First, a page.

Sunday Scripture Reflections

Sunday Reflection—Giving Thanks

The Bible stories of Naaman the Syrian and Jesus’ healing of the ten lepers shows us that gratitude is an obligation of justice. To remember the source of our blessings and to give thanks is exactly why some countries, like the USA and Canada, dedicate a national Thanksgiving holiday.  And why Catholics have a “Sunday obligation” to attend the Eucharist. […]

Sunday Reflection—A Mustard Seed Faith

Jesus calls us to have faith at least the size of a mustard seed.  He also constantly addresses his disciples with this command: Be not afraid!  The story of St. Francis of Assisi and the Sultan shows us how to leave behind fear and grow in faith. The Mass readings for the Twenty-Seventh Sunday in Ordinary Time (Year C) are […]

A Great Chasm

"The Unjust Steward" Etching by Jan Luyken - Phillip Medhurst [FAL], via Wikimedia Commons

Readings for the Twenty-Sixth Sunday in Ordinary Time (Year C): Amos 6:1, 4–7 Psalm 146:7–10 1 Timothy 6:11–16 Luke 16:19–31 The rich and powerful are visited with woe and exile in today’s Liturgy—not for their wealth but for their refusal to share it; not for their power but for their indifference to the suffering at their door. The complacent leaders […]

Sunday Reflection—Rich Man and Beggar

Luke, chapter 16, tells the story of the Rich man and the Beggar, Dives and Lazarus. It shows how some choices we make lead to addictions that can determine our eternal destiny. Gluttony, one of the Seven Deadly Sins, is a poison that has an antidote — the Cardinal Virtue called Temperance or Moderation. The Mass readings for the Twenty-Sixth Sunday […]

Prudent Stewards

"The Unjust Steward" Etching by Jan Luyken - Phillip Medhurst [FAL], via Wikimedia Commons

Readings for the Twenty-Fifth Sunday in Ordinary Time (Year C): Amos 8:4–7 Psalm 113:1–2, 4–6, 7–8 1 Timothy 2:1–8 Luke 16:1–13 The steward in today’s Gospel confronts the reality that he can’t go on living the way he has been. He is under judgment. He must give account for what he has done. The exploiters of the poor in today’s […]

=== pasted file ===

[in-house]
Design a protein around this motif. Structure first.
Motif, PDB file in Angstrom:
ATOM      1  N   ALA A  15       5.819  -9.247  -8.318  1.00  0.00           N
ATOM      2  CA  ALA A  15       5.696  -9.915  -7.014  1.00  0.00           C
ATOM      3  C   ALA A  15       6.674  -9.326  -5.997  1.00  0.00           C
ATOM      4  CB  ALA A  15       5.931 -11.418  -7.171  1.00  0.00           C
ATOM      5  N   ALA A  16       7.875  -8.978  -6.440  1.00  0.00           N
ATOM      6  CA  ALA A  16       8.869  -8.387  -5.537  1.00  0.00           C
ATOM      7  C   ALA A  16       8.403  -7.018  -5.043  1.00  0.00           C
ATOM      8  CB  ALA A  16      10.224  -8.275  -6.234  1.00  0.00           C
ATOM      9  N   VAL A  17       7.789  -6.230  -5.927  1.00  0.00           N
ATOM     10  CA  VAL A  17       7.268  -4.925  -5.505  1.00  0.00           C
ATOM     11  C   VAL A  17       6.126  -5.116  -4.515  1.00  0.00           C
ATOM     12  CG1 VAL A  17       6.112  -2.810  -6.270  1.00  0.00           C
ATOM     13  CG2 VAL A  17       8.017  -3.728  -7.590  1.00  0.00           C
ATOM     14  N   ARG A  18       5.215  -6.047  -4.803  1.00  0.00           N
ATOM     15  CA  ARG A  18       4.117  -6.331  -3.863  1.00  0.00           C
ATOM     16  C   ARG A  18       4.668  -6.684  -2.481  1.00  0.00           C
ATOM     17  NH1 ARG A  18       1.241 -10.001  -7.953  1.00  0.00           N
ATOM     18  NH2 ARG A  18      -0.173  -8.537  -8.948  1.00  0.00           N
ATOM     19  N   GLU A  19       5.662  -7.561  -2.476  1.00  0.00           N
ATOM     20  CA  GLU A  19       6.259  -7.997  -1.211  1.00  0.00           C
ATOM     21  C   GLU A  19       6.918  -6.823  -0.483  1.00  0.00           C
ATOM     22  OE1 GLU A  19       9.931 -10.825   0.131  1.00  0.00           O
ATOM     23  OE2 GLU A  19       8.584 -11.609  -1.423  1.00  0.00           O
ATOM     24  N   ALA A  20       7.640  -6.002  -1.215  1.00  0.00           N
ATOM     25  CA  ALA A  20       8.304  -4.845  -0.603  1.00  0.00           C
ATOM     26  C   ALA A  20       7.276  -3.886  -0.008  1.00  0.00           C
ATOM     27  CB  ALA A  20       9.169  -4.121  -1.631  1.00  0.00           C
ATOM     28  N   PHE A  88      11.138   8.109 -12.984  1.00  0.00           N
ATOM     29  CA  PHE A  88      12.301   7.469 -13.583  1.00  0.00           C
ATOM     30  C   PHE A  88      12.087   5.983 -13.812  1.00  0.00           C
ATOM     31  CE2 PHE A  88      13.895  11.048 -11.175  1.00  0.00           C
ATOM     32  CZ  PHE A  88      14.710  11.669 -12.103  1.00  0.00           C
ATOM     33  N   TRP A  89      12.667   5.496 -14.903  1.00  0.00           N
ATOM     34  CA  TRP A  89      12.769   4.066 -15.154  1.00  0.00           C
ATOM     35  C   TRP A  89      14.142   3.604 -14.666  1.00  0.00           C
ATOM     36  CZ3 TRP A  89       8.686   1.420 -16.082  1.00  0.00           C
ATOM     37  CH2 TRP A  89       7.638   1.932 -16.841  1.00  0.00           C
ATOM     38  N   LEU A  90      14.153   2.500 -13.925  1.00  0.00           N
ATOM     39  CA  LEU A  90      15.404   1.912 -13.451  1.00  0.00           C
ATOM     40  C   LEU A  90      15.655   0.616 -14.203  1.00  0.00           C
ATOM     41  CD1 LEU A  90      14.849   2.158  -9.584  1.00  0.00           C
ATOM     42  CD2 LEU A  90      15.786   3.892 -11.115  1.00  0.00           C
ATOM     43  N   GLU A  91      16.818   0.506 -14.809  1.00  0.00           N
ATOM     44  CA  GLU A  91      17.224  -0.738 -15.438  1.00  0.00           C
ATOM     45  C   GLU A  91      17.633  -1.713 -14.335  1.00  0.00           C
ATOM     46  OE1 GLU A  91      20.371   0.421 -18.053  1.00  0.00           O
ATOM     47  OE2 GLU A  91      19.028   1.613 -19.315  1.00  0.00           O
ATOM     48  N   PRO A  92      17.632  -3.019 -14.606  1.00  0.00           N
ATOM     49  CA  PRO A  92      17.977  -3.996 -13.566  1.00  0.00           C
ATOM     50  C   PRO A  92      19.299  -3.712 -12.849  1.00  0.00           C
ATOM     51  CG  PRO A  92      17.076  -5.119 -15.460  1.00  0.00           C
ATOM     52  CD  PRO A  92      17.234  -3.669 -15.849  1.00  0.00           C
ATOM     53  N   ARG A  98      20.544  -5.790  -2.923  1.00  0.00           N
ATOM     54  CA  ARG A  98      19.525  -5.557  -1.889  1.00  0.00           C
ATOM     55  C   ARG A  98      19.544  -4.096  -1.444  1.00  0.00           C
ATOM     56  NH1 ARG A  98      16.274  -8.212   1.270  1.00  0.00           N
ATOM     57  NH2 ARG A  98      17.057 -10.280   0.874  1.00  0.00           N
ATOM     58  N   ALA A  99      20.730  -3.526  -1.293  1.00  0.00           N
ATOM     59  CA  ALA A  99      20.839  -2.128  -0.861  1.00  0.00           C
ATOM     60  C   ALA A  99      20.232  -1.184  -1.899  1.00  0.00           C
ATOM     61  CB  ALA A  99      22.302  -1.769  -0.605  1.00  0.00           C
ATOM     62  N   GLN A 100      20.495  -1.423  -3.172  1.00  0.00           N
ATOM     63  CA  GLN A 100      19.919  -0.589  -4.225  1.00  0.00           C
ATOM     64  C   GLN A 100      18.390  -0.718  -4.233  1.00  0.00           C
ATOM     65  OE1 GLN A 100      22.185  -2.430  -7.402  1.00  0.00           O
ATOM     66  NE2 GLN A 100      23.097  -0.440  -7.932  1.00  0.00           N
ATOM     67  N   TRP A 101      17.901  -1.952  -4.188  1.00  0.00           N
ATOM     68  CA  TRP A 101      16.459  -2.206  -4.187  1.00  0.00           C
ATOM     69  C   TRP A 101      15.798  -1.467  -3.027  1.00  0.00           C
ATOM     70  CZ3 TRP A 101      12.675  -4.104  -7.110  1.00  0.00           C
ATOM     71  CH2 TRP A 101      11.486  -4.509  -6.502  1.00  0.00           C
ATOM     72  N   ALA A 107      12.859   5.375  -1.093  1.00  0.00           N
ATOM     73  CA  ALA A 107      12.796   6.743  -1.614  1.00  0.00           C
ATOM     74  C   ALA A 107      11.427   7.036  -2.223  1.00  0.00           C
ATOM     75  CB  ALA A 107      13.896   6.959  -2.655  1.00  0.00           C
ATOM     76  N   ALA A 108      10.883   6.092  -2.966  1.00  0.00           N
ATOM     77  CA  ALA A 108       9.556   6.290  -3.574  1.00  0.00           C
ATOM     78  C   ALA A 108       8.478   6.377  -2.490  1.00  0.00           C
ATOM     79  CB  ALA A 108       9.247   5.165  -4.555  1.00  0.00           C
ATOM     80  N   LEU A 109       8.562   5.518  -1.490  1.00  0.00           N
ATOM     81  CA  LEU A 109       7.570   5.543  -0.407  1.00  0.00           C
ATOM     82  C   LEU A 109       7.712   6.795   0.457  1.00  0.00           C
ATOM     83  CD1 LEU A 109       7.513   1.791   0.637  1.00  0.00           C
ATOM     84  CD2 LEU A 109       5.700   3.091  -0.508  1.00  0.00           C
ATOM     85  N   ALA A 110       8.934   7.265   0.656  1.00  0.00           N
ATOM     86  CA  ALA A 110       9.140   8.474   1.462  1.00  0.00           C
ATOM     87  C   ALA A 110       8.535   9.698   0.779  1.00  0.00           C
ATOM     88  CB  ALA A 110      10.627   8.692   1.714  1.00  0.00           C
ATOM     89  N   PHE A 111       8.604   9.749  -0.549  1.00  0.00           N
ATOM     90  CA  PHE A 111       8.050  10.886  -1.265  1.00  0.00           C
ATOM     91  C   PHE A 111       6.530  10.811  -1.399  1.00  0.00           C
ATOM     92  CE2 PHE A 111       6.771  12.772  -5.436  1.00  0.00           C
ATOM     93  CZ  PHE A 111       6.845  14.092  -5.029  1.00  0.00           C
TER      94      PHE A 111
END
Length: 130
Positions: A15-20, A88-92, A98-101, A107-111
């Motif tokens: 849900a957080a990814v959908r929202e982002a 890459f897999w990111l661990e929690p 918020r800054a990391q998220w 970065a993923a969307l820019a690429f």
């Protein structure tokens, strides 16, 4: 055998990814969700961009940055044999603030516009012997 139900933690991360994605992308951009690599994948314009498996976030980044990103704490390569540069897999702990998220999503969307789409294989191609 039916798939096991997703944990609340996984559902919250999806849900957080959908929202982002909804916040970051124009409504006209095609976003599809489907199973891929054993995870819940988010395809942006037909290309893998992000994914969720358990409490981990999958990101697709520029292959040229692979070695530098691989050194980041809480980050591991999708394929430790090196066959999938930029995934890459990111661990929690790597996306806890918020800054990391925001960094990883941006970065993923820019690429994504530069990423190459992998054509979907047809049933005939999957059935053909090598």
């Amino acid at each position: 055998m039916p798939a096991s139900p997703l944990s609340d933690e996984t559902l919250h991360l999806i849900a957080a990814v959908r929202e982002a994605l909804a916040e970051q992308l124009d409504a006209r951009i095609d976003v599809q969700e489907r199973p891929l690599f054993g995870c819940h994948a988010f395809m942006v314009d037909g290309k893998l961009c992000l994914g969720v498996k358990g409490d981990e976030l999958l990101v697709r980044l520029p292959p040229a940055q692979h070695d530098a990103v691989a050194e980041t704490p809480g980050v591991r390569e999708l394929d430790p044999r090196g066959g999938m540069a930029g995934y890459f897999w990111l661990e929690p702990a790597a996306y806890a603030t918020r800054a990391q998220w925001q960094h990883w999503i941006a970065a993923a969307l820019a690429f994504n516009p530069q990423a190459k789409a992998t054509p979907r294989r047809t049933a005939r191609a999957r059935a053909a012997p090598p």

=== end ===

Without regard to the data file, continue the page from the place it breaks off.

Sunday Reflection—Lessons from the Dishonest Steward

Serving God and Mammon Stewardship . . . what does this term really mean? The parable of the dishonest steward in Luke 16 argues against the divorce between God and everyday life. Though it is idolatry to serve money, it is very important to serve God by the way we use money. Stewardship does not just mean giving to the […]

Sunday Reflection—Radical Discipleship: A Call for Everyone

Are you willing to sacrifice all for the Lord? In Luke 14, Jesus speaks some very disturbing words to anyone who wants to be his disciple.  He sees the call to discipleship as requiring people to renounce not only their possessions but also their own life and family.  The example of Thomas More shows us that this is radical, but […]

Sunday Reflection—Humility Opens Doors

“Nice guys finish last,” says the world.   “The last will be first,” replies Jesus. In the topsy-turvy world of the Kingdom of God, the last shall be first and the humble and meek shall inherit the earth.  Meekness is not weakness, & pride is a symptom of insanity.  This post explains why all the virtues hinge on humility and why the […]

Sunday Reflection—The Narrow Door

Strive to Enter by the Narrow Door Jesus’ call to enter through the narrow door seems to conflict with the idea that God wants all to be saved, that the universal, Catholic Church means “here comes everybody.”  But a deeper look resolves the inconsistency. The Mass readings for the Twenty-First Sunday in Ordinary Time (Year C) are Isaiah 66:18-21; Psalms 117:1, 2; […]

Sunday Reflection—Faith as a Dynamic Journey

Faith or belief is more than conviction that God exists. True Christian faith is a dynamic journey, a quest of trust, confidence, and commitment that involves no small amount of risk taking. The Mass readings for the Nineteenth Sunday in Ordinary Time (Year C) are Wisdom 18:6-9; Psalms 33:1, 12, 18-19, 20-22; Hebrews 11:1-2, 8-19 or 11:1-2,; Luke 12:32-48 or […]